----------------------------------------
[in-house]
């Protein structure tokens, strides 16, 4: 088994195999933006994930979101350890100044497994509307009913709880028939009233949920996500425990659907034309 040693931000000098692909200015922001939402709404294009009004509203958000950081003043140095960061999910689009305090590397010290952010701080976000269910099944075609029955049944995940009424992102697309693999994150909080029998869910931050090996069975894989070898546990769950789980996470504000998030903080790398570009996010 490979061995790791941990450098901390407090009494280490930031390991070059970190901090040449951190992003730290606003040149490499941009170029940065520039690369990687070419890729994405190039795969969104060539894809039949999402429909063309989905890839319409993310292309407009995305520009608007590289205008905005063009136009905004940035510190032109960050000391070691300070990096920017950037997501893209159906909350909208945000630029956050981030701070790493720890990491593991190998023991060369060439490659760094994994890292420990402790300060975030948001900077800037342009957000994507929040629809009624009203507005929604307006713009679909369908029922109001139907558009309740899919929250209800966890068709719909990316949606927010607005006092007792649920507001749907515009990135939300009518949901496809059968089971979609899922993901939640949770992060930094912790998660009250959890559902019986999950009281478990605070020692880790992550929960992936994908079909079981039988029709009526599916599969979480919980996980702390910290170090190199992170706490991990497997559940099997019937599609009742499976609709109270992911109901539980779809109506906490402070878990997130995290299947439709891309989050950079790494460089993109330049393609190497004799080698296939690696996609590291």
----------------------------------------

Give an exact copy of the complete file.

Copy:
[in-house]
């Protein structure tokens, strides 16, 4: 088994195999933006994930979101350890100044497994509307009913709880028939009233949920996500425990659907034309 040693931000000098692909200015922001939402709404294009009004509203958000950081003043140095960061999910689009305090590397010290952010701080976000269910099944075609029955049944995940009424992102697309693999994150909080029998869910931050090996069975894989070898546990769950789980996470504000998030903080790398570009996010 490979061995790791941990450098901390407090009494280490930031390991070059970190901090040449951190992003730290606003040149490499941009170029940065520039690369990687070419890729994405190039795969969104060539894809039949999402429909063309989905890839319409993310292309407009995305520009608007590289205008905005063009136009905004940035510190032109960050000391070691300070990096920017950037997501893209159906909350909208945000630029956050981030701070790493720890990491593991190998023991060369060439490659760094994994890292420990402790300060975030948001900077800037342009957000994507929040629809009624009203507005929604307006713009679909369908029922109001139907558009309740899919929250209800966890068709719909990316949606927010607005006092007792649920507001749907515009990135939300009518949901496809059968089971979609899922993901939640949770992060930094912790998660009250959890559902019986999950009281478990605070020692880790992550929960992936994908079909079981039988029709009526599916599969979480919980996980702390910290170090190199992170706490991990497997559940099997019937599609009742499976609709109270992911109901539980779809109506906490402070878990997130995290299947439709891309989050950079790494460089993109330049393609190497004799080698296939690696996609590291």